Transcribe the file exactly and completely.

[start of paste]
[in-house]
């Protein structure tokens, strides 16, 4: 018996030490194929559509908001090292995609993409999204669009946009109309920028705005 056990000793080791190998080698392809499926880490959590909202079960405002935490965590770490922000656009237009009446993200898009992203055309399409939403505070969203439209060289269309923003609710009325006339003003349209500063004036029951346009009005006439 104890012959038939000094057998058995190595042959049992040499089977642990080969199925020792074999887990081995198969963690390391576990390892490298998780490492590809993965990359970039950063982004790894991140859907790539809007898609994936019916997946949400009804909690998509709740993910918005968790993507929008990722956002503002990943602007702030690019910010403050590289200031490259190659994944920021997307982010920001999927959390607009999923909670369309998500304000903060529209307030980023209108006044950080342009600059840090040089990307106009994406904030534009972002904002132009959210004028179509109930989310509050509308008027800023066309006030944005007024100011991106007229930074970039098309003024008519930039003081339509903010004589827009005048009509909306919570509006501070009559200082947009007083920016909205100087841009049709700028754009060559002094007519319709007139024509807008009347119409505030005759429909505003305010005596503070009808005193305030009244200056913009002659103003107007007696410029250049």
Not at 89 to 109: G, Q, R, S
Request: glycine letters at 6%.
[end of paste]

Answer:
[in-house]
């Protein structure tokens, strides 16, 4: 018996030490194929559509908001090292995609993409999204669009946009109309920028705005 056990000793080791190998080698392809499926880490959590909202079960405002935490965590770490922000656009237009009446993200898009992203055309399409939403505070969203439209060289269309923003609710009325006339003003349209500063004036029951346009009005006439 104890012959038939000094057998058995190595042959049992040499089977642990080969199925020792074999887990081995198969963690390391576990390892490298998780490492590809993965990359970039950063982004790894991140859907790539809007898609994936019916997946949400009804909690998509709740993910918005968790993507929008990722956002503002990943602007702030690019910010403050590289200031490259190659994944920021997307982010920001999927959390607009999923909670369309998500304000903060529209307030980023209108006044950080342009600059840090040089990307106009994406904030534009972002904002132009959210004028179509109930989310509050509308008027800023066309006030944005007024100011991106007229930074970039098309003024008519930039003081339509903010004589827009005048009509909306919570509006501070009559200082947009007083920016909205100087841009049709700028754009060559002094007519319709007139024509807008009347119409505030005759429909505003305010005596503070009808005193305030009244200056913009002659103003107007007696410029250049």
Not at 89 to 109: G, Q, R, S
Request: glycine letters at 6%.